Country All The Way

By Andrew Gilhooley / 411

There’s no denying that country music is truly the music of the people.  With songs about the everyday things that we all relate to so strongly, melodies we can all sing along to and stars that seem like real people, country’s popularity continues to endure and grow.  Chris Cagle, one of country’s fastest rising stars, is visiting Monterey this coming week to play a show at Doc Rickett’s Lab.  His brand of blue-collar country rock is currently receiving rave reviews in the country music press, and the single “Chicks Dig It” from his latest CD is climbing the Billboard country chart.

As far as country singers go, Chris Cagle is the genuine article.  Not only does he sing about the everyday life of the common man, he has lived it.  He has worked as a mechanic, a cook, a bartender and a house framer among other jobs, and is proud of all of it.  “I am absolutely a redneck,” he said, “But being a redneck is a good thing.  It has to do with passionate pride in your country, in your people.  These are hardworking, live-and-let-live people who just wanna get the most out of life… working hard and then when that line is crossed, standing up for what you believe in.”

Chris Cagle was born in Louisiana, but moved to the outskirts of Houston, Texas when he was four.  He took guitar lessons at age six, but had trouble playing because his hands were still too small and gave up after a year.  His debut as a singer came when he was in fourth grade.  He and two friends sang “Greased Lightning” from the show “Grease” at a school talent show.  The reaction of the audience showed the young Cagle what his life path would be.  “Everybody went wild and that was it,” he said.  “I had to figure out a way to get more of that.”

By the time Cagle got to high school, he was taking piano lessons, and he took up the guitar again after receiving one for Christmas.  Once he had his guitar, he gained a curious introduction to the art of writing songs.  His parents were strict Southern Baptists who did not allow rock music in the house, so Cagle had to be creative if he wanted to play his favorite songs.  “The way I learned to write was I would play Journey’s ‘Stone In Love,’ but I would make up lyrics taken from the Bible.”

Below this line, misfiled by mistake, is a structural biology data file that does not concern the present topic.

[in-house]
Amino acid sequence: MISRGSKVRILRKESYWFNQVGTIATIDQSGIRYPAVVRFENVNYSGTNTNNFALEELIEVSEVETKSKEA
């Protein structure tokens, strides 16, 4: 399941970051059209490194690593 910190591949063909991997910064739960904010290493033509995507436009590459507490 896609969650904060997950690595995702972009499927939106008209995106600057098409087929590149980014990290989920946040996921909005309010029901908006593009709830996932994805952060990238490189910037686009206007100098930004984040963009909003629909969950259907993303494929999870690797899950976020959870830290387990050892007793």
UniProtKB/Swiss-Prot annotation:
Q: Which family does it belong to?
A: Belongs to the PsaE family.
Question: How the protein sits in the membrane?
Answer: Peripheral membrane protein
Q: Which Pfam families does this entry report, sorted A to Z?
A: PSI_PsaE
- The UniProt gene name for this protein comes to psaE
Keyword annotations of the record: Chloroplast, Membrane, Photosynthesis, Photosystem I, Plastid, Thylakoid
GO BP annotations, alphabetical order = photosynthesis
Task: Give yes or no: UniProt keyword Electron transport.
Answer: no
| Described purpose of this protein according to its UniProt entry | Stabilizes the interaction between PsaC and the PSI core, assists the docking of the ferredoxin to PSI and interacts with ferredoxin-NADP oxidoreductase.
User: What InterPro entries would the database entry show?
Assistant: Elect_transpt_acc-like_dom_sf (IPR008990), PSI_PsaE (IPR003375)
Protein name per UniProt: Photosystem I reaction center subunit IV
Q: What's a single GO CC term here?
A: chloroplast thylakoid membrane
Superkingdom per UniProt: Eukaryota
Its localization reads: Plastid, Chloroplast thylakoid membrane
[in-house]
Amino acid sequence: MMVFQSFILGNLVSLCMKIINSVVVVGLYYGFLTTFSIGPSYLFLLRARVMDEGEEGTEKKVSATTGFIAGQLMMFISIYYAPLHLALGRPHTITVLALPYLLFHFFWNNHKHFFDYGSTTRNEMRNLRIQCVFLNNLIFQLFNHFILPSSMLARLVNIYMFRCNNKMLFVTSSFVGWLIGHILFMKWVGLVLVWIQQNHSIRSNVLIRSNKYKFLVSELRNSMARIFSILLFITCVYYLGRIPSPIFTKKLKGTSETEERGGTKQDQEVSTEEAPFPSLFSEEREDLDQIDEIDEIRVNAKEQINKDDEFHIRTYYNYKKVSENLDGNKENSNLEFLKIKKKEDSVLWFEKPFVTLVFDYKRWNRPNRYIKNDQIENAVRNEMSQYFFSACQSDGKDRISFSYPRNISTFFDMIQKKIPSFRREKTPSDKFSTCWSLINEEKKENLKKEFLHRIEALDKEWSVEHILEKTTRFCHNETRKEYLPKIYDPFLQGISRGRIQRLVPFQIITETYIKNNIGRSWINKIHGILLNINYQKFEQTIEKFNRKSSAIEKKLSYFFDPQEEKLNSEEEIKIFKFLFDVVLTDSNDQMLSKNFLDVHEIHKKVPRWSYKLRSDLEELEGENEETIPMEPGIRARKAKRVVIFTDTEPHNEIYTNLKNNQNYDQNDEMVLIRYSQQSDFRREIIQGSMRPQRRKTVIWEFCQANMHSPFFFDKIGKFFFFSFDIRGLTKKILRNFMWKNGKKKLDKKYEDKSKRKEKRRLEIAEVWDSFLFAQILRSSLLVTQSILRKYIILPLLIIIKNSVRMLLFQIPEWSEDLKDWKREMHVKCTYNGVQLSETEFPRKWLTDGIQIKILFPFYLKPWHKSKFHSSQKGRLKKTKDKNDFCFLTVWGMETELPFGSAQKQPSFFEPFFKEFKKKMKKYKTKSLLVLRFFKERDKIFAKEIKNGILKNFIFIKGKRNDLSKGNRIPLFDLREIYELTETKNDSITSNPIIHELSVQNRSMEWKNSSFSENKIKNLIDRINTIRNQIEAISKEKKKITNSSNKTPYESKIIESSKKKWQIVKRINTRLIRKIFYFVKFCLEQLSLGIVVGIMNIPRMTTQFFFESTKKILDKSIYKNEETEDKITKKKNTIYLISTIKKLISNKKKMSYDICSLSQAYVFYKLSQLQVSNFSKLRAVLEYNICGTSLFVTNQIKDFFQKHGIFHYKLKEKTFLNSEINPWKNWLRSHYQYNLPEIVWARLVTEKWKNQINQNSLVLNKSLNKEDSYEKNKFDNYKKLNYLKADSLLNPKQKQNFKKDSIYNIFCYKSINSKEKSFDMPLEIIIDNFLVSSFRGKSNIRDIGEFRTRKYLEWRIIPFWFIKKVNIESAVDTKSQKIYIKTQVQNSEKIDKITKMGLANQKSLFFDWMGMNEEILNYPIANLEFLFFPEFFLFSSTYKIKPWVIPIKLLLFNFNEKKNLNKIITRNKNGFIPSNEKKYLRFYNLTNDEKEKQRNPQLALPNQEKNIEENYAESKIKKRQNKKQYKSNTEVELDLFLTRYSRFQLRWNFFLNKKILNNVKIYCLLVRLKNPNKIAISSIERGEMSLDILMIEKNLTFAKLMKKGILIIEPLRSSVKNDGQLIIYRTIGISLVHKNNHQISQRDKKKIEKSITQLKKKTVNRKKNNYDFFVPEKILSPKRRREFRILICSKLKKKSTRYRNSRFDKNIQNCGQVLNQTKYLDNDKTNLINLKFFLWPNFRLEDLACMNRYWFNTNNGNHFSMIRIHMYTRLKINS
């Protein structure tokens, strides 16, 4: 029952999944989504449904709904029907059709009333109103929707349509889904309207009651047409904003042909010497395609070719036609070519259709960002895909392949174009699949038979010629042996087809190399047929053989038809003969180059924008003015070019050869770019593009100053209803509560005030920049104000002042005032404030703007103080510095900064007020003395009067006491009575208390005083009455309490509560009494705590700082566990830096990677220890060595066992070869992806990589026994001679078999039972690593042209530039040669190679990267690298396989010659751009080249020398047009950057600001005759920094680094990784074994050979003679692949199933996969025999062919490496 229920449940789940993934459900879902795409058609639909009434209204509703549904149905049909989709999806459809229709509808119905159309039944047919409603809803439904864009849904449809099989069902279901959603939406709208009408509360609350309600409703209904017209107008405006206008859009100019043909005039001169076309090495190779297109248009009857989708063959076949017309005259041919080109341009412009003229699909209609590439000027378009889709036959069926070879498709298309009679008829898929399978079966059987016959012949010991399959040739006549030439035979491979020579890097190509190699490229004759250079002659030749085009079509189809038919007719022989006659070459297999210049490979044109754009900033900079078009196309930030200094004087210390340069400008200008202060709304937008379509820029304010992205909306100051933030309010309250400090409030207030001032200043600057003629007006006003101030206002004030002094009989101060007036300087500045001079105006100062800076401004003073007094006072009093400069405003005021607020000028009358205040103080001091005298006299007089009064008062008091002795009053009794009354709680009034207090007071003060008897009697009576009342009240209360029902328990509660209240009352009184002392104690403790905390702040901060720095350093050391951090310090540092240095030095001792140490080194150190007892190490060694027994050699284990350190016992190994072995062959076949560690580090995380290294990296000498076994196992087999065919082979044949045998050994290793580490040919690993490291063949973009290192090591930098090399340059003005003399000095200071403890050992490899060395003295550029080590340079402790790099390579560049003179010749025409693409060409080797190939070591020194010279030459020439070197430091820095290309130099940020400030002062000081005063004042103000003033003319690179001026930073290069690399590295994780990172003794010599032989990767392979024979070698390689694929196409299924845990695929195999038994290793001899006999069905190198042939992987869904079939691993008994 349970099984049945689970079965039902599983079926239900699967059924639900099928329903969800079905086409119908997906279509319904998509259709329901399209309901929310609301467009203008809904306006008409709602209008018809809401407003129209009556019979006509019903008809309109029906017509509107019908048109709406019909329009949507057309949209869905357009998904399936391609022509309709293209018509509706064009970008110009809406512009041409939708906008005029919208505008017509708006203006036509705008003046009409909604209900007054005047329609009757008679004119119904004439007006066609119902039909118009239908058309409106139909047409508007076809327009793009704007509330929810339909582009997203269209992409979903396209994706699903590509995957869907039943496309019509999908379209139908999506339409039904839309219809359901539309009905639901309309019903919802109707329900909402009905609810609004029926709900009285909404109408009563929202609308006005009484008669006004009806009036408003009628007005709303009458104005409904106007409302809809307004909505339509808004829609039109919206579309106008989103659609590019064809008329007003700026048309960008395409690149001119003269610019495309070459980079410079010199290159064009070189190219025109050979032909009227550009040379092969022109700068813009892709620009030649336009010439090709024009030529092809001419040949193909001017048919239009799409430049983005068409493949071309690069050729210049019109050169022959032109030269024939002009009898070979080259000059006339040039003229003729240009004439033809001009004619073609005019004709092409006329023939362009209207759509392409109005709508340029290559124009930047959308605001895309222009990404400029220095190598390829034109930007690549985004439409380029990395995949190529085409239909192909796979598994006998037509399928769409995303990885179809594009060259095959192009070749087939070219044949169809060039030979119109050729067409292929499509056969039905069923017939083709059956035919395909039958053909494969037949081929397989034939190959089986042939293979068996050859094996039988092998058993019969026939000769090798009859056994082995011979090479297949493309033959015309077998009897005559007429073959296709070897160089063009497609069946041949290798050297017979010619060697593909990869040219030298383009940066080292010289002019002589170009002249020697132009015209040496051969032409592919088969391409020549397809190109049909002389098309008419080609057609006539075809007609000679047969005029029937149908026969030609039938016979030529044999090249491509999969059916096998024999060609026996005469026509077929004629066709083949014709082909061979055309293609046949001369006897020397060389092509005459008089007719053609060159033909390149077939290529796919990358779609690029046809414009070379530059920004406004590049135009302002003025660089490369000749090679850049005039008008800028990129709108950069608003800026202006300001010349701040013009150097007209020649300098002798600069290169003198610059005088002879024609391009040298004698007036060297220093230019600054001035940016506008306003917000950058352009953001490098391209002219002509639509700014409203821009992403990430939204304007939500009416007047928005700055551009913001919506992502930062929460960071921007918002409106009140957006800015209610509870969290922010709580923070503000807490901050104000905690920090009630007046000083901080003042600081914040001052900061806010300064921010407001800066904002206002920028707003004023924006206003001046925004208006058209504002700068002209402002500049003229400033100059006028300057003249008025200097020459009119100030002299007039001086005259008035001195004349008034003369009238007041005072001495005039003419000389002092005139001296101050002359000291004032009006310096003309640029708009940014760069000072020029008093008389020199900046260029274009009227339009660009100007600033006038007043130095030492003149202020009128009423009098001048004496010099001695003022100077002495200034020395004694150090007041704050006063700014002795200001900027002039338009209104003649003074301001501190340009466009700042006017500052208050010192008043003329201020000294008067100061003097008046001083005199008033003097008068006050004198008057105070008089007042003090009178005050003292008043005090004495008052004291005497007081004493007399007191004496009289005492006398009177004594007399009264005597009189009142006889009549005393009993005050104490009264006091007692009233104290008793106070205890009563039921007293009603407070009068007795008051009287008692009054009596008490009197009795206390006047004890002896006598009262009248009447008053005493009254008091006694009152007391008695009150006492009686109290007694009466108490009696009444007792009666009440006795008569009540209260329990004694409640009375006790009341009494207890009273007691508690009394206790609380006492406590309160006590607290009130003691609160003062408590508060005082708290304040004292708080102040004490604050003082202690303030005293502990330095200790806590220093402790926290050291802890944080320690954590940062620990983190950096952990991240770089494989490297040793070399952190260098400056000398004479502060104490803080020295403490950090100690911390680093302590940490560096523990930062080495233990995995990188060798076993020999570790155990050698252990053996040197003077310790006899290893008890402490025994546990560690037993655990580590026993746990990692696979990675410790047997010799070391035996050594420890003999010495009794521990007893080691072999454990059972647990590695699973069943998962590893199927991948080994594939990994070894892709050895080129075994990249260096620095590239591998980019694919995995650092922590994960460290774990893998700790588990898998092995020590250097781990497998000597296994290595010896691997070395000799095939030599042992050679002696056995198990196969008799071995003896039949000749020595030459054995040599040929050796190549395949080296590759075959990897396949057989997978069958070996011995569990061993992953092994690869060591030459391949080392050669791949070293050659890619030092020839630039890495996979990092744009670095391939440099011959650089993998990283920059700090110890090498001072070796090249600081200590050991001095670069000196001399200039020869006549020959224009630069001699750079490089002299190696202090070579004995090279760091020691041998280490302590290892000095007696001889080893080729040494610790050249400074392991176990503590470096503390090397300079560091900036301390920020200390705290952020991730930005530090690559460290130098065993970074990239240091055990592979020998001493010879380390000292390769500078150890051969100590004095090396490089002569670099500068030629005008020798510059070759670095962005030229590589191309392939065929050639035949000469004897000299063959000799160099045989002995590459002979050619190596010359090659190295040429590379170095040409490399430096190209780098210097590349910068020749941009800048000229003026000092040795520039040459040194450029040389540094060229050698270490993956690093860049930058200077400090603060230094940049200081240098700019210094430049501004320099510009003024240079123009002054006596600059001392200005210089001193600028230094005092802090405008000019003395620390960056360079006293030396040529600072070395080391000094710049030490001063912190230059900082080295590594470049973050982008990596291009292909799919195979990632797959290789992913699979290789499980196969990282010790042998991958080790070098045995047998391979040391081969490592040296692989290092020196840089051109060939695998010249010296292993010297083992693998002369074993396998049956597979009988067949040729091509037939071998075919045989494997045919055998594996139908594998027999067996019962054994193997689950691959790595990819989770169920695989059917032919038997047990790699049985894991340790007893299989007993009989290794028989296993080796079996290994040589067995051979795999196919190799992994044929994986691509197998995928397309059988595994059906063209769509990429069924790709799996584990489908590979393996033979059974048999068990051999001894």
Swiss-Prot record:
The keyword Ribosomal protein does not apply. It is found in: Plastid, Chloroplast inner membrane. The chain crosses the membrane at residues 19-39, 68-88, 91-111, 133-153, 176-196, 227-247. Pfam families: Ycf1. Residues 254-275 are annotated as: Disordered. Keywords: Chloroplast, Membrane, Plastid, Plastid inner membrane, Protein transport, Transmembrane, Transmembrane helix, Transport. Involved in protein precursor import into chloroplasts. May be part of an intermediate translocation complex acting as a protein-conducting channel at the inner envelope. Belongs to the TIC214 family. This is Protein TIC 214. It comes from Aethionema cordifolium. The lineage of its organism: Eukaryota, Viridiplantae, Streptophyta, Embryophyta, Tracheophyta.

At age 19, Cagle dropped out of college to pursue music full-time and moved to Nashville.  He worked odd jobs by day and played music at night.  While working at a restaurant he met Donna Duarte, who liked his demo tape and said she would play it to her boss.  Her boss turned out to be the president of Virgin Records Nashville, and soon Cagle was recording his debut album “Play It Loud,” which eventually achieved platinum sales.

Cagle released his second, self-titled CD in April of this year and is currently on tour to promote it.  He is happy to be doing what he loves best. “See, making the music is where I feel most alive.  There’s no feeling like it in the world – and it drives me.  I wouldn’t have called the record Chris Cagle if I didn’t think it reflected all of that.”

First published in "411", The Salinas Californian, December 4, 2003

Back to Articles List